A UB-led research team is pushing laser technology forward using a light manipulation technique called orbital angular momentum, which distributes the laser in a corkscrew pattern with a vortex at the center.
The team was able to shrink the vortex laser, usually too large to work on today’s computers, to the point where it is compatible with computer chips. Because the laser beam travels in a corkscrew pattern, encoding information into different vortex twists, it’s able to carry 10 times or more the amount of information than that of conventional lasers, which move linearly.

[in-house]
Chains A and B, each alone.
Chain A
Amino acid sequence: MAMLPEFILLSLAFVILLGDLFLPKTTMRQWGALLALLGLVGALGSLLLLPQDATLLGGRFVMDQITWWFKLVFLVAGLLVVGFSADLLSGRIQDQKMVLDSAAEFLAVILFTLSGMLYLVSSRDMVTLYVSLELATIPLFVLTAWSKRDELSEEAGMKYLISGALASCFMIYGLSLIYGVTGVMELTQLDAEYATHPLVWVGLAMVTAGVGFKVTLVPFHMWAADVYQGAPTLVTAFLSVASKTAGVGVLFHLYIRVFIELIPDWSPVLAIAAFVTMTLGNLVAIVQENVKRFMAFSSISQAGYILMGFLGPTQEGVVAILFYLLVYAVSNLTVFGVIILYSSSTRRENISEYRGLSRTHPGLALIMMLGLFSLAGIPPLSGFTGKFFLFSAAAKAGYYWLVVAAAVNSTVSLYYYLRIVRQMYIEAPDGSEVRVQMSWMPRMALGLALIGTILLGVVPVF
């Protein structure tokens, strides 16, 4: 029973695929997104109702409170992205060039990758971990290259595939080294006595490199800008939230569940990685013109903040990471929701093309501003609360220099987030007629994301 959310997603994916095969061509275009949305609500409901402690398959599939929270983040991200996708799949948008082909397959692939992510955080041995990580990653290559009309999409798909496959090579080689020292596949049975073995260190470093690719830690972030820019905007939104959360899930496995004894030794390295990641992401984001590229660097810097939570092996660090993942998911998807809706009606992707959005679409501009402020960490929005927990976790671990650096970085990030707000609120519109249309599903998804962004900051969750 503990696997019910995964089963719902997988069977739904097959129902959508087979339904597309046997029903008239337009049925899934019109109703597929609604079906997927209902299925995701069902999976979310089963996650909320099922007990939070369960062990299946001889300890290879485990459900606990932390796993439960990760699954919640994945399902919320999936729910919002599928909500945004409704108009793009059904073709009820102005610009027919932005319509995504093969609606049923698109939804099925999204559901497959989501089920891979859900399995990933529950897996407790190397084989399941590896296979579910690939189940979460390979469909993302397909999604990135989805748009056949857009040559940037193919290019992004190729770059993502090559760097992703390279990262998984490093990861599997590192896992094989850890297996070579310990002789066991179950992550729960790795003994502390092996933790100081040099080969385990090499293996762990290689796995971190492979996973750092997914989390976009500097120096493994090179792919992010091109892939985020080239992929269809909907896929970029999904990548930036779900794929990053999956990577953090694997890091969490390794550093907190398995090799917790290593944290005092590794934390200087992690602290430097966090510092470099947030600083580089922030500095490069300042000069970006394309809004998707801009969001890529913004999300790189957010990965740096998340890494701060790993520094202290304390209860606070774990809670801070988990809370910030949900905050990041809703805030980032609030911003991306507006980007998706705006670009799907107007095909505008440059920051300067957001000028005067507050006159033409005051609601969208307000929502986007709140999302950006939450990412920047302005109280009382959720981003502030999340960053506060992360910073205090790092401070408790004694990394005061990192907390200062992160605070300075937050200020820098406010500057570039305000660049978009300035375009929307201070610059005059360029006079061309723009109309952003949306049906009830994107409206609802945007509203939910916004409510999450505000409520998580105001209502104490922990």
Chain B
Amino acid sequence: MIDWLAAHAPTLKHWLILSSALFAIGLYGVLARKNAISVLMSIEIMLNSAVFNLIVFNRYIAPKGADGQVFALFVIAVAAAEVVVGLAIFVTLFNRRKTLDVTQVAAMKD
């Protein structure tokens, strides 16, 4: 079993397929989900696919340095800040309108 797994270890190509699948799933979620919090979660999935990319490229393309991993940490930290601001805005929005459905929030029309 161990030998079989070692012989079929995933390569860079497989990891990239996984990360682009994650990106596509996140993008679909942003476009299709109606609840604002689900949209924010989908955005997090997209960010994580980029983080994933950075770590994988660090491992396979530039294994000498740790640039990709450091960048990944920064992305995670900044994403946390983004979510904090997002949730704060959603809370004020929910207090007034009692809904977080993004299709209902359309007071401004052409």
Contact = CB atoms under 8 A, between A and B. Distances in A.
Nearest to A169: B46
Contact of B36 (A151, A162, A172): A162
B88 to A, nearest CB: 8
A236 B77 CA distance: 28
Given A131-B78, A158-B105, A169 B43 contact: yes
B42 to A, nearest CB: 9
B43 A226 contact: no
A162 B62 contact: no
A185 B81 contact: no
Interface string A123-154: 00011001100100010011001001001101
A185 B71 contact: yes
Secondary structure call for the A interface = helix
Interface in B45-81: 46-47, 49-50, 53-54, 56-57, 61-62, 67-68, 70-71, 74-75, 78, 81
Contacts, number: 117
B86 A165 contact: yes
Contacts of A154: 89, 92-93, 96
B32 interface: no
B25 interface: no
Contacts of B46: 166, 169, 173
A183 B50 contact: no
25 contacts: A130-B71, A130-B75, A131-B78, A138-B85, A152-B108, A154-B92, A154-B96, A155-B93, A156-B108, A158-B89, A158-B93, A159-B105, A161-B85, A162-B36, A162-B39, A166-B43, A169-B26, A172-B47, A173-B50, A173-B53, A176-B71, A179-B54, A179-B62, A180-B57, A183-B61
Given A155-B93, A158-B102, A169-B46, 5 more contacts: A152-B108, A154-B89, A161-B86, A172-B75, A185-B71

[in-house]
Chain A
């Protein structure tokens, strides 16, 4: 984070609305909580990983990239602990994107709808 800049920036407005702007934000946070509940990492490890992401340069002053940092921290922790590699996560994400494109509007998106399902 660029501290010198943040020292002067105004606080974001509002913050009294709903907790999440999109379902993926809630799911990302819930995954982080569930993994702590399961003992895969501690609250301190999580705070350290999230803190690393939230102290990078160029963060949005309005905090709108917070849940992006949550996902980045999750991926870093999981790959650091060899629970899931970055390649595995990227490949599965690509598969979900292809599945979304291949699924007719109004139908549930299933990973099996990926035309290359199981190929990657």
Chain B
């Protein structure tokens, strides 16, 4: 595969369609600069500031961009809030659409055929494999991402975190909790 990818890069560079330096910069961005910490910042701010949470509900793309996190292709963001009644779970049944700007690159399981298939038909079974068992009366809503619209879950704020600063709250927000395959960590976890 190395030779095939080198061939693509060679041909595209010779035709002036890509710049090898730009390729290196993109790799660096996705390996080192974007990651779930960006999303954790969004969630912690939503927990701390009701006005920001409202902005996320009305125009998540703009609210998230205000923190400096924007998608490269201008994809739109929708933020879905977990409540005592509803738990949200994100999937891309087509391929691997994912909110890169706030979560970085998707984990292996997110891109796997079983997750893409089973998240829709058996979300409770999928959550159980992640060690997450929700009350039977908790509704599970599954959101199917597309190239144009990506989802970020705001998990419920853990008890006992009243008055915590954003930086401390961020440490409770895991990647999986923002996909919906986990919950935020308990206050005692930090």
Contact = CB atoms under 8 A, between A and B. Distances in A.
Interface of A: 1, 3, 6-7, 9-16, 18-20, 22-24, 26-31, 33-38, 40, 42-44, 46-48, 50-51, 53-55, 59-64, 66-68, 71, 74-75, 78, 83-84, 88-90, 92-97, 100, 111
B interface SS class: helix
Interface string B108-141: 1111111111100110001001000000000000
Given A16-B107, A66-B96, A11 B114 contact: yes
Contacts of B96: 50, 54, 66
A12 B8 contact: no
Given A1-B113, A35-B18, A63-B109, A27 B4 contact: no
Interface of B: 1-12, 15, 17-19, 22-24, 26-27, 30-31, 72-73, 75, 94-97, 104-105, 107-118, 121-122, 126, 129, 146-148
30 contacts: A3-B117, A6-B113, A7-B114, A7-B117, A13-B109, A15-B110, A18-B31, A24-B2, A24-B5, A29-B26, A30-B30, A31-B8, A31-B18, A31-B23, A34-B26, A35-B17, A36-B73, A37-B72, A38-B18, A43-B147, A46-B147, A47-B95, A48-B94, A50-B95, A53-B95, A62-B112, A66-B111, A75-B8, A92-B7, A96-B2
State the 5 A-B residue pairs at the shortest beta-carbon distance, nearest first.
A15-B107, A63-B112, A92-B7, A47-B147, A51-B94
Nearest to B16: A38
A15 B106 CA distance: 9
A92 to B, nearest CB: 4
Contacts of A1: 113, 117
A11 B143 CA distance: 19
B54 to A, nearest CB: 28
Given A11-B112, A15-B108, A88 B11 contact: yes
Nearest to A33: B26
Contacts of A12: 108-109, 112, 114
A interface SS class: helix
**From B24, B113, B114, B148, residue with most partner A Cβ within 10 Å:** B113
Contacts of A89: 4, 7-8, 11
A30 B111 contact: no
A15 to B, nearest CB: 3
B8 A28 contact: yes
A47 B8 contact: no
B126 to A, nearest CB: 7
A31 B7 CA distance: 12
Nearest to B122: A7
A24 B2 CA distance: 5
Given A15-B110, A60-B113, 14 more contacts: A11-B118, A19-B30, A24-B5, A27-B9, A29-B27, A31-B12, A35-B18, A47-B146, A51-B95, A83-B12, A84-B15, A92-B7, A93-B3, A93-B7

The vortex laser is one component of many, such as advanced transmitters and receivers, that ultimately will be needed to continue building more powerful computers and datacenters.
The study was published by the journal Science. Authors are assistant professor Liang Feng and professor Natalia M. Litchinitser (co-leads), PhD candidates Pei Miao and Zhifeng Zhang, assistant research professor Jingbo Sun, and postdoctoral researcher Wiktor Walasik, all from the Department of Electrical Engineering; and Stefano Longhi, professor at the Polytechnic University of Milan in Italy.
The research was supported with grants from the U.S. Army Research Office, the U.S. Department of Energy and the National Science Foundation.